Here, the plaintiff was an at-will employee whose contract could be terminated by either party giving thirty days written notice. The plaintiff mainly worked for the defendant, who was the president and controlling shareholder of the company. The plaintiff alleged the defendant made sexual comments and advances towards her a few weeks after she commenced work and also touched her inappropriately. The plaintiff told the defendant his behavior made her uncomfortable but he did not stop. Subsequently, the plaintiff began recording the defendant’s conduct in a journal and rejecting his advances more forcefully. The defendant subsequently fired the plaintiff for substandard job performance. Under 19 Del. C. § 711, an employer may not discriminate against an employee based upon gender. The defendant argued that there could be no common law cause of action for employment discrimination because there was already a statutory scheme, and the plaintiff was required to abide by the specific procedures of that statute to bring such a claim. Specifically, the defendant argued that judicial review is only available after the Delaware Department of Labor Review Board hears the matter. Plaintiff based her theory on a breach of the implied covenant of good faith and fair dealing derived from the employment contract and as such, her claim did not arise directly from § 711. The court found that the plaintiff had a common law cause of action and she could bring her claim.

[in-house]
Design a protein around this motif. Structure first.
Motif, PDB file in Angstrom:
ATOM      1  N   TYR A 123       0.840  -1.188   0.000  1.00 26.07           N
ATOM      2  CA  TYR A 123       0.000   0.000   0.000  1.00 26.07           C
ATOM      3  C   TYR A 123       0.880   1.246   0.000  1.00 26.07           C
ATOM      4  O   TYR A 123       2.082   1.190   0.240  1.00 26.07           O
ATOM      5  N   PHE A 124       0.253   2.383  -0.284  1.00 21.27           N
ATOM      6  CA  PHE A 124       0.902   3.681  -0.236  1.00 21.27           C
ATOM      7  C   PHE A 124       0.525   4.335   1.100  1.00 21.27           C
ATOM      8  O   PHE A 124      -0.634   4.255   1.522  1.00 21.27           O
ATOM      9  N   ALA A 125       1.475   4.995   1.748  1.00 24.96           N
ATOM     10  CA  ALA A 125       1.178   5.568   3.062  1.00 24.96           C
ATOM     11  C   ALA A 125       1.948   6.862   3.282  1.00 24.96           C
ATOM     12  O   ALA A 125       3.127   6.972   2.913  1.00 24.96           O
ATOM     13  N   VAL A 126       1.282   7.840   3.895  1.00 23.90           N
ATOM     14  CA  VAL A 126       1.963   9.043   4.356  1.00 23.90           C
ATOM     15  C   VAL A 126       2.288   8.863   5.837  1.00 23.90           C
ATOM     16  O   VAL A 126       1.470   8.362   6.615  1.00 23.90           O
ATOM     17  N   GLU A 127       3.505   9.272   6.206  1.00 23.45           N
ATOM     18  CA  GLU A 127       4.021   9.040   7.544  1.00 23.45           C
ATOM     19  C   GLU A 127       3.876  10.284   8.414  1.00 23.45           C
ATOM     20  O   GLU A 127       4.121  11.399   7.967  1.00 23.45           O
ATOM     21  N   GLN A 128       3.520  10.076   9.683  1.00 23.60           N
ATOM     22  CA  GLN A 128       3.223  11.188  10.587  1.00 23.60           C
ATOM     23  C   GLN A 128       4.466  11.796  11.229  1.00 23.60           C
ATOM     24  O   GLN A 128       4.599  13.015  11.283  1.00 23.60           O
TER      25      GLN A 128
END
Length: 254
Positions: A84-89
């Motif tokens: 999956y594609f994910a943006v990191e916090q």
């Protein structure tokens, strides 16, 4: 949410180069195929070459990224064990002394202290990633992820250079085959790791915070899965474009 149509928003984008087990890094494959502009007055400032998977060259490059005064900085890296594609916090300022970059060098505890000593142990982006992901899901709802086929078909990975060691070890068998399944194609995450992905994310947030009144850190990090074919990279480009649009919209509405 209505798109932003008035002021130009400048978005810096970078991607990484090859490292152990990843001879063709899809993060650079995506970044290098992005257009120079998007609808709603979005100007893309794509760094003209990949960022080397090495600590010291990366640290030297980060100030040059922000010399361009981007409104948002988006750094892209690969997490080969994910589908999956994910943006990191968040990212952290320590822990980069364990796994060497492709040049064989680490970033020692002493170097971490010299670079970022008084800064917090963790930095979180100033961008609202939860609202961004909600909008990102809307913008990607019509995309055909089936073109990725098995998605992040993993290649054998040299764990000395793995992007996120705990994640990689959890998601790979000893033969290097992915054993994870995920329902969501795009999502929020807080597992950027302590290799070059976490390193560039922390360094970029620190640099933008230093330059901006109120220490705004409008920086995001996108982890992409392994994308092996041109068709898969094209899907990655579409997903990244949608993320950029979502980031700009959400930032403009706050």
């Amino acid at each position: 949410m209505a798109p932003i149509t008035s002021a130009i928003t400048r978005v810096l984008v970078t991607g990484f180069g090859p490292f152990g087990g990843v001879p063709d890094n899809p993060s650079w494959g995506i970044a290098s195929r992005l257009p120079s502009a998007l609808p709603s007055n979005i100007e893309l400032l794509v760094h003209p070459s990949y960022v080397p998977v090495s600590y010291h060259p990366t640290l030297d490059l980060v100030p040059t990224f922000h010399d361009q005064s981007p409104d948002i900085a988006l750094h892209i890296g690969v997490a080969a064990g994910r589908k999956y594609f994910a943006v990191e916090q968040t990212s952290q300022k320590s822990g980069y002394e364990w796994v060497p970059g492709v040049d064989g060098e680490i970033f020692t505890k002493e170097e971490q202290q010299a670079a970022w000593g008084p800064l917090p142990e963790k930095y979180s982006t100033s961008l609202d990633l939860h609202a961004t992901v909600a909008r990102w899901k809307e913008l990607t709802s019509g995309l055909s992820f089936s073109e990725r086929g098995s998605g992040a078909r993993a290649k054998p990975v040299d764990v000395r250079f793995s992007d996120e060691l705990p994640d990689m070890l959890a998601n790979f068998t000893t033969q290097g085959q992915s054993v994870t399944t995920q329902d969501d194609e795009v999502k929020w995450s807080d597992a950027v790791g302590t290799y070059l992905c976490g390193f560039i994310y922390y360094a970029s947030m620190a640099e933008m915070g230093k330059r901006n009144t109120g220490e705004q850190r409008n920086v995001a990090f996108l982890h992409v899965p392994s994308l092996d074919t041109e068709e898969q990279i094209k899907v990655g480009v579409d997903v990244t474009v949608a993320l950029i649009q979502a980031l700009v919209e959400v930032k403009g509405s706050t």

Here, the defendant employer appealed the Board’s decision that the plaintiff had good cause to walk away from her employment as she was sexually harassed and her employer failed to rectify the situation. The son of the defendant-business owner and the defendant’s manager sexually harassed the plaintiff in a verbal and physical nature. The plaintiff tried to discuss the situation with the business owner but the harassment continued. Further, she was advised by the owner that all managerial responsibilities were given to his son and that the plaintiff would have to work it out with the son. The plaintiff attempted to discuss the situation again with the owner but after waiting for fifteen or twenty minutes, she left and quit without being able to speak to him. The plaintiff sued for hostile work environment, and the court found the defendant was liable. The employer appealed, arguing that the plaintiff did not make a reasonable effort to inform it about the hostile working environment and remedy the situation. The court disagreed and affirmed the Board’s decision.